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Preview '93 : A Flying Leap : ABC SKEWS SUPERMAN MYTHS WITH THE WEEKLY CAPERS OF 'LOIS & CLARK'

September 12, 1993|SUSAN KING | TIMES STAFF WRITER

When ABC and Lorimar approached Deborah Joy LeVine about doing a new series about Superman, she said she wasn't interested.

LeVine, though, was intrigued with creating a series about Lois Lane and Clark Kent. "I'm interested in doing a whole new show with a whole new take on it," LeVine recalls telling her suitors. "So if you give me that creative license to go ahead and create a new sort of romantic adventure, a 'Moonlighting' if-Bruce-Willis-could-fly-type show, than I would be very interested."

The end result, "Lois & Clark: The New Adventures of Superman," premieres Sunday on ABC.

Before creating the series, LeVine, whose office is filled with Man of Steel memorabilia, read 250 Superman DC comic books. "I felt I had a duty to all of those people out there who are such die-hard Superman fans, even though I was going to skew the myth and do it the way I wanted to," says LeVine, who was executive story consultant on ABC's "Equal Justice."

'I felt like I needed to know the history. The shock that I got was that I really enjoyed those comic books."

"Lois & Clark" is very much a '90s take on the Supie myth. Clark Kent (Dean Cain) is anything but a nerd and has a body that would make Fabio envious. "He's really looking for a great woman to settle down with and having a family," LeVine says. "He does have a little problem in that he comes from another planet."

Lois Lane (Teri Hatcher) is still the star reporter on Metropolis' Daily Planet, but she spends her evenings alone watching old movies. Daily Planet editor Perry White (Lane Smith) is an oddball whose favorite phrase is "Great shades of Elvis." And Clark/Superman's rich, powerful nemesis, Lex Luthor (John Shea), is a handsome charmer.

LeVine promises 25% of the series will feature "superhero" sequences. "The tights on Dean Cain are a must," she says, laughing.

The lavish production occupies four sound stages at Warner Bros. in Burbank. Today, Perry is giving Clark a lecture in his office about not getting involved with Cat Grant (Tracy Scoggins), the paper's society-gossip columnist.

The Cat Grant character is new to Metropolis. "I am referred to by Lois as the mudslinging liver monger," purrs Scoggins ("Dynasty"). "I try to seduce Clark. I try to seduce Superman. I want Lex Luthor. I'm after the most eligible, the most sexy men--whomever I can get my claws into."

Surprisingly, Smith ("The Mighty Ducks") has never seen the classic '50s Superman series starring George Reeves or any of the Christopher Reeve movies. "What fascinated me about this part is that Perry White is totally outrageous and unpredictable," Smith says. "Since I'm from Memphis, they decided to bring in this Elvis Presley element and make me a fan of Elvis. He's the real comic element of the show."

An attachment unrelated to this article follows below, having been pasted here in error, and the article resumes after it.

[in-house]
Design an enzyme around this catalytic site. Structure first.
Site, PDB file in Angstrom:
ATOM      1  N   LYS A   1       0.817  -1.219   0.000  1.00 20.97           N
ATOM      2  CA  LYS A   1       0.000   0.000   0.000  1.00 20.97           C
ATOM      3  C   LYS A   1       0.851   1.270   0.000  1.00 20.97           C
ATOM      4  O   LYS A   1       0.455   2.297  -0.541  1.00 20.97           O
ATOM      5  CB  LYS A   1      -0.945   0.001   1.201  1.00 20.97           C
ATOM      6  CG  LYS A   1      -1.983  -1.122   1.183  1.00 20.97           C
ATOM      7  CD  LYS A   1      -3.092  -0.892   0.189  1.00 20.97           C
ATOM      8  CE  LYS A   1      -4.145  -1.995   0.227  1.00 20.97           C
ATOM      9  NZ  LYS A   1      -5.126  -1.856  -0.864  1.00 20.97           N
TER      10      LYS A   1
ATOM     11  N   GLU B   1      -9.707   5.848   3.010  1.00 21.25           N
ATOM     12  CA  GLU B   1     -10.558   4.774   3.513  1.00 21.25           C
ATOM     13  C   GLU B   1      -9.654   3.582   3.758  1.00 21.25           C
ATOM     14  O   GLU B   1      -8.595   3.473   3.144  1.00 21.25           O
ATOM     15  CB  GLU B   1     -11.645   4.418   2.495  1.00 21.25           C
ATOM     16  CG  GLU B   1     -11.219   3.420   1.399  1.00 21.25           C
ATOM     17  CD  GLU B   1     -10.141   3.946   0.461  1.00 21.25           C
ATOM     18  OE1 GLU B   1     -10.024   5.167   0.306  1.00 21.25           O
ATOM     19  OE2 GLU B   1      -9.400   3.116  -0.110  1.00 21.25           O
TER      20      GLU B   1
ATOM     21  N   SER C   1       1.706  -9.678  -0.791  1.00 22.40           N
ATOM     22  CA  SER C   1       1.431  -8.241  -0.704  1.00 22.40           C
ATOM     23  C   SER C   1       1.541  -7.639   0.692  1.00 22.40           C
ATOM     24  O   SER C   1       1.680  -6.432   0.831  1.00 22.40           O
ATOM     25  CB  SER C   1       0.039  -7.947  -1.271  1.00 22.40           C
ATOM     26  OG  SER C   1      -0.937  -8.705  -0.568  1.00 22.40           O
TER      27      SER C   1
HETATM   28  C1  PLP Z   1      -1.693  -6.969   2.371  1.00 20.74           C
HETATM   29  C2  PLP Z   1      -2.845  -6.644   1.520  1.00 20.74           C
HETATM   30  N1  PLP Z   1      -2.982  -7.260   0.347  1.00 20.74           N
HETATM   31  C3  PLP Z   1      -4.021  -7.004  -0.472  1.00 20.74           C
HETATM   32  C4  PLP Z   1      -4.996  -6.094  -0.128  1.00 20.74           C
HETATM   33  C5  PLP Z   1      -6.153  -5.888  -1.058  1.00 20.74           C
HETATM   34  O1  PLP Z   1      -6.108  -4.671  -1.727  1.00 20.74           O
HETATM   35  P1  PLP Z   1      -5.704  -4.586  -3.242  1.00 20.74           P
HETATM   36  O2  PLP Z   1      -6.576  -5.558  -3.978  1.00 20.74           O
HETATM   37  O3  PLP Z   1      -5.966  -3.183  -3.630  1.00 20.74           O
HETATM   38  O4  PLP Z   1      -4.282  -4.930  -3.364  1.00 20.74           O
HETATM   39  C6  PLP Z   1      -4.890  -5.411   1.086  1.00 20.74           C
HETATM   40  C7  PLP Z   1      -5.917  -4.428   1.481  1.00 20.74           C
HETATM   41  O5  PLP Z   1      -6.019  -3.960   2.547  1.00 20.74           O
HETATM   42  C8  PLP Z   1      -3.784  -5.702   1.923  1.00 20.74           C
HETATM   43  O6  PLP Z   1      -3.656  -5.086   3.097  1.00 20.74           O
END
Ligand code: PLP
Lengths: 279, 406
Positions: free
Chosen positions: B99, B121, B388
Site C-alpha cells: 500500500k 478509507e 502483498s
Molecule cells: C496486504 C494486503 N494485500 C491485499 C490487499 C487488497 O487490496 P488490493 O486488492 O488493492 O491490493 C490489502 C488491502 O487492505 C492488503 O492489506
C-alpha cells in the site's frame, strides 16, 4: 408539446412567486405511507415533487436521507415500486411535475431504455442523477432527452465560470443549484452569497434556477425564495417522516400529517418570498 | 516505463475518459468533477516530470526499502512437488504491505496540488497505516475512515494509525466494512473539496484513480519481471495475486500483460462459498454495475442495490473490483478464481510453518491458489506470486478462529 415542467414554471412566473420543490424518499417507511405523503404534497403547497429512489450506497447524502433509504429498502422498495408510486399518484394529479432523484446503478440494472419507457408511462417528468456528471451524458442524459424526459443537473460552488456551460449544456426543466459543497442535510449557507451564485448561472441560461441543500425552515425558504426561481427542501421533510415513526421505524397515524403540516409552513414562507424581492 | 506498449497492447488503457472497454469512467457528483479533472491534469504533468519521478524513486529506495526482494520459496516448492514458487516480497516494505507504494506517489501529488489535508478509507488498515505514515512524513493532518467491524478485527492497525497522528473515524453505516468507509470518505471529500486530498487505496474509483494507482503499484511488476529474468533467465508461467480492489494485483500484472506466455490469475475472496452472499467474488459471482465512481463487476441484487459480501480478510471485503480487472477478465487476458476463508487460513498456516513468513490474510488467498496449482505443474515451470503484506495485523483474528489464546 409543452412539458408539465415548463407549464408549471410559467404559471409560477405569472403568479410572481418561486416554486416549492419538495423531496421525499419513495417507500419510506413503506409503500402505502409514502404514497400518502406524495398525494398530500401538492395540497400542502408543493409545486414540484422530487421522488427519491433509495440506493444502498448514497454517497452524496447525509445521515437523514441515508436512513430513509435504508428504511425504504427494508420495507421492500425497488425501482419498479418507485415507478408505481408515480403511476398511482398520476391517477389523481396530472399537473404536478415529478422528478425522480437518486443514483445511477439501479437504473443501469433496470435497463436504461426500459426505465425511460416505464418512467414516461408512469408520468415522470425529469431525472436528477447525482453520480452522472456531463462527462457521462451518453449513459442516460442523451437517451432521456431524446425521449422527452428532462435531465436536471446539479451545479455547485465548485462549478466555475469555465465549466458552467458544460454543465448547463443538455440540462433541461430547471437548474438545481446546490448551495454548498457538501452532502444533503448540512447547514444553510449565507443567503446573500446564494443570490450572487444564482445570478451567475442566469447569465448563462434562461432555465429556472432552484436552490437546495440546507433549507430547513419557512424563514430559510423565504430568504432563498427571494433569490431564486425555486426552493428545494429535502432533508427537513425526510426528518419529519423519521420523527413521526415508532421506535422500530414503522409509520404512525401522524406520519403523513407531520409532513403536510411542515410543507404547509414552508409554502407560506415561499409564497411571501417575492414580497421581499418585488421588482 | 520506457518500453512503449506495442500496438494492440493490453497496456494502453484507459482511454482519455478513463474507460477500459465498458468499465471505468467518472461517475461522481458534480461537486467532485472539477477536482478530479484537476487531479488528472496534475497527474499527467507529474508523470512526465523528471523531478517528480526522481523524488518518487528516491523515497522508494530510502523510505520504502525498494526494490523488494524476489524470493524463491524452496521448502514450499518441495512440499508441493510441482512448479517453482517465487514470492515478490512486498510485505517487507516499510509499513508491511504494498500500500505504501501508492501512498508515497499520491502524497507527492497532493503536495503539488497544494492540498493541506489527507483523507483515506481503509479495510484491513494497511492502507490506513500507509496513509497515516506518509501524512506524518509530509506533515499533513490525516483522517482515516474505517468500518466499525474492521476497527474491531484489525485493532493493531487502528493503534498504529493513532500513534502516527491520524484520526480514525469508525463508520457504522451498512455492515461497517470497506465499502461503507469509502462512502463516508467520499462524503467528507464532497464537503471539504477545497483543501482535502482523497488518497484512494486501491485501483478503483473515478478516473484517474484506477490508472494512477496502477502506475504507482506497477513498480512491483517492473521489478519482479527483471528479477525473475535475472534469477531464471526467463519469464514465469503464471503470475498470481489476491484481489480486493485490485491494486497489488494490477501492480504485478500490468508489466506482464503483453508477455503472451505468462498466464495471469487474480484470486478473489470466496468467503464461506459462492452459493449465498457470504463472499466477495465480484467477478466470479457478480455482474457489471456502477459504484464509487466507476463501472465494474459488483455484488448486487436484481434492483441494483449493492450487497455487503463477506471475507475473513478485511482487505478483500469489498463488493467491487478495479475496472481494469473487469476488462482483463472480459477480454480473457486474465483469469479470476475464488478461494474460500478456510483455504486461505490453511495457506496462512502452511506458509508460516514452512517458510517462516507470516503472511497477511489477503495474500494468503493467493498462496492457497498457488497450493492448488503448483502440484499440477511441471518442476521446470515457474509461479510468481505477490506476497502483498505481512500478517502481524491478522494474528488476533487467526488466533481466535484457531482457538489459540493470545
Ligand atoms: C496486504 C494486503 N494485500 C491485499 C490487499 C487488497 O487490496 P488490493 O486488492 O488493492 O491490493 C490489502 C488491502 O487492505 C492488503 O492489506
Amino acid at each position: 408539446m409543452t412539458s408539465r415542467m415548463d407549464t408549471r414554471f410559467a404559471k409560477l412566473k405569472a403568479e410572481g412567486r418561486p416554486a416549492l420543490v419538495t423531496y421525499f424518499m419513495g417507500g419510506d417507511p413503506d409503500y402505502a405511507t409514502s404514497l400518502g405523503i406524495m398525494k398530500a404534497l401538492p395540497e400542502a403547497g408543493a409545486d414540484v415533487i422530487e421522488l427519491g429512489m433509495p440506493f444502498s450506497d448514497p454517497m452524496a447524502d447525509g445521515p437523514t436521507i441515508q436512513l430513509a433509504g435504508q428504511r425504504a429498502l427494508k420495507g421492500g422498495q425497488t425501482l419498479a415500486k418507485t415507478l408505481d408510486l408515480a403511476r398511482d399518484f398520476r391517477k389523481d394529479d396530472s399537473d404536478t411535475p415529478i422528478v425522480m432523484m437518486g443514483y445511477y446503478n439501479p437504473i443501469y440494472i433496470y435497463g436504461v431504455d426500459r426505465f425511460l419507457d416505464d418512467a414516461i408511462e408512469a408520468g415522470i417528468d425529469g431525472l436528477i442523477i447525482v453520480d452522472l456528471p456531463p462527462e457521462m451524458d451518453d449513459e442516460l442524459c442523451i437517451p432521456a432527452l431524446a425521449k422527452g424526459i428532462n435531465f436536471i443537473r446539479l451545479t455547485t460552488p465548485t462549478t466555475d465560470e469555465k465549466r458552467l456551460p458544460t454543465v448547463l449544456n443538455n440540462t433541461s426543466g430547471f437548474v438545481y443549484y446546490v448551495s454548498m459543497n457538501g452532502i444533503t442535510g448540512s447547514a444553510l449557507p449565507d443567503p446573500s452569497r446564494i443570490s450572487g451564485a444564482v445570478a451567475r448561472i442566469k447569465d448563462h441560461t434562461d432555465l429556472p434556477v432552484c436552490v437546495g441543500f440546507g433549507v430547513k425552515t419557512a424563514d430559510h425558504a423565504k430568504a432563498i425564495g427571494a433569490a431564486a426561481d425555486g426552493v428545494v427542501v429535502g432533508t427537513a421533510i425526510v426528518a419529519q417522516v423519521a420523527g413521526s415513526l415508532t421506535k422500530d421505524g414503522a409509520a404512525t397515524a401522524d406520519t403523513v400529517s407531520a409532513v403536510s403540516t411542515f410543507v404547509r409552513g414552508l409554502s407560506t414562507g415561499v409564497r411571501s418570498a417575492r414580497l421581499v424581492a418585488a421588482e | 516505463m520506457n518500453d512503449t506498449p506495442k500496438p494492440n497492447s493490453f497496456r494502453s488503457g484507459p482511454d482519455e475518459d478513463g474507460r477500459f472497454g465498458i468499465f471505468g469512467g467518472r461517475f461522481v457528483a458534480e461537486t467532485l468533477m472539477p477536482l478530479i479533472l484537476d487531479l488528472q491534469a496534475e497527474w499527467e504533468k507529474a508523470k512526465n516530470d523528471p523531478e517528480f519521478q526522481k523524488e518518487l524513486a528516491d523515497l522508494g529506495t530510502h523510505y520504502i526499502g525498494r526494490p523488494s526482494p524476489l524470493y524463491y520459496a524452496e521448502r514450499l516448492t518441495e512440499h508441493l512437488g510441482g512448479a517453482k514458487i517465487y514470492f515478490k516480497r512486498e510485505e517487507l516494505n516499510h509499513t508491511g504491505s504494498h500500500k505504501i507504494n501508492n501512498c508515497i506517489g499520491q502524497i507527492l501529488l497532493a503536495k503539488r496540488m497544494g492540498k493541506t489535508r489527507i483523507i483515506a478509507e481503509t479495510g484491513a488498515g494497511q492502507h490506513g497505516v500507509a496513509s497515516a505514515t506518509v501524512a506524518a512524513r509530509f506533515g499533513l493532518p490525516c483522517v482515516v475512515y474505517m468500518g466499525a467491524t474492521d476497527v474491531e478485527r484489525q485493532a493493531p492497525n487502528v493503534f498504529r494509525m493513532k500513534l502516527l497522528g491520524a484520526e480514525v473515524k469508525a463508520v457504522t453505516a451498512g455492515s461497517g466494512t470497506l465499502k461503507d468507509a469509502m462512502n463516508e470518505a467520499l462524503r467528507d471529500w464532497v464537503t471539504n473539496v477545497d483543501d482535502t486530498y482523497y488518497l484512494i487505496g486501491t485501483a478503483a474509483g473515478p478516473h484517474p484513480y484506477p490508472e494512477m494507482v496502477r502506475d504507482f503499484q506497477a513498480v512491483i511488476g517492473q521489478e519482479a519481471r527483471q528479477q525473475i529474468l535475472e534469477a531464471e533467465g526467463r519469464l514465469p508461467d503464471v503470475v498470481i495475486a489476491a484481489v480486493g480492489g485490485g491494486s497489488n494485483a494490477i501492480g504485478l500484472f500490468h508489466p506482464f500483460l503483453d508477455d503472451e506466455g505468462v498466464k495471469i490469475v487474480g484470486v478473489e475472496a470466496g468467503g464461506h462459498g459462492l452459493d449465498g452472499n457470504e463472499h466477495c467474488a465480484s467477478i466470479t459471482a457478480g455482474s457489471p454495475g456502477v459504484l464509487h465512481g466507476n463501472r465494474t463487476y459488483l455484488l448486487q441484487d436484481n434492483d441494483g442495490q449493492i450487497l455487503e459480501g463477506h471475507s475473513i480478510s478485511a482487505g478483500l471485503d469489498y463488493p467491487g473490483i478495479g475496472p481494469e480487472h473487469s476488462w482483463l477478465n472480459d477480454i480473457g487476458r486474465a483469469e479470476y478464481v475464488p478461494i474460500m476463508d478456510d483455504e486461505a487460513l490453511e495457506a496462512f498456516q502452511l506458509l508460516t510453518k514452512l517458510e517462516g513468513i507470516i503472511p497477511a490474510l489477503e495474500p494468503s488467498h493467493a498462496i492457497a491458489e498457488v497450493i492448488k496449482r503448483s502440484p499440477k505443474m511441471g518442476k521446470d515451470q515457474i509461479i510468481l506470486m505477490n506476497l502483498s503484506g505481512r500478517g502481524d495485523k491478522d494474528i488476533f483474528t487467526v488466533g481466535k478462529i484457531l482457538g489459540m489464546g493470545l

Cain ("Beverly Hills, 90210") is getting a quick massage between takes. "I've a very sore neck," explains the former college and pro football player. "It's the flying and long hours. There's a lot of physical work to this role. I am averaging 12 to 14 hours a day, five days a week."

Cain isn't intimidated following in the cape and tights of Reeves and Reeve. "We're a totally different show," Cain says. "Clark is a normal person who happens to be extremely nice and has strong values. He creates the Superman guise so Clark Kent can do good as opposed to hiding himself as Clark Kent. It's important for him to be a normal person to fit in. He wears glasses to fit in."

This time around, Lois isn't the staid, matronly dressed woman of the old series. "She's going to be bright and smart," says Hatcher, whose last series was CBS' "Sunday Dinner." "She's hip. She has her own style."

The actress worked with the costumer to get a specific style for Lois. "I wanted her to have a haircut or clothes you hadn't seen," Hatcher explains. "So what we have ended up doing is finding a lot of retro '40s stuff and refitting and redesigning it, so it fits really nicely but looks a little different."

Hatcher is pleased the series focuses more on relationships than Superman's feats. "The structure of the show is about these two people getting to know each other, having to work together and competing over stories," Hatcher says. "There's also a relationship triangle between Lois, who has her feelings for Superman and doesn't have feelings for Clark, but will develop feelings for Clark as Clark."

But how does Hatcher justify the fact that Lois doesn't realize Clark and Superman are one and the same?

"In our show, there are plenty of women in the newsroom who think he's to die for," Hatcher says. "Lois just isn't one of them. I think she gets annoyed that he's someone she's going to have work with and is challenging her space. It kind of touches her off guard, so she would never think of him that way. Superman, she just meets under different circumstances."

"I don't think she doesn't like Clark," Cain says. "I don't think she sees Clark for who he is. Superman radiates a whole different aura."

"Lois & Clark: The New Adventures of Superman" premieres Sunday at 8 p.m. on ABC; repeats of the old "Superman" series air daily at midnight and 5 a.m. on Nickelodeon.

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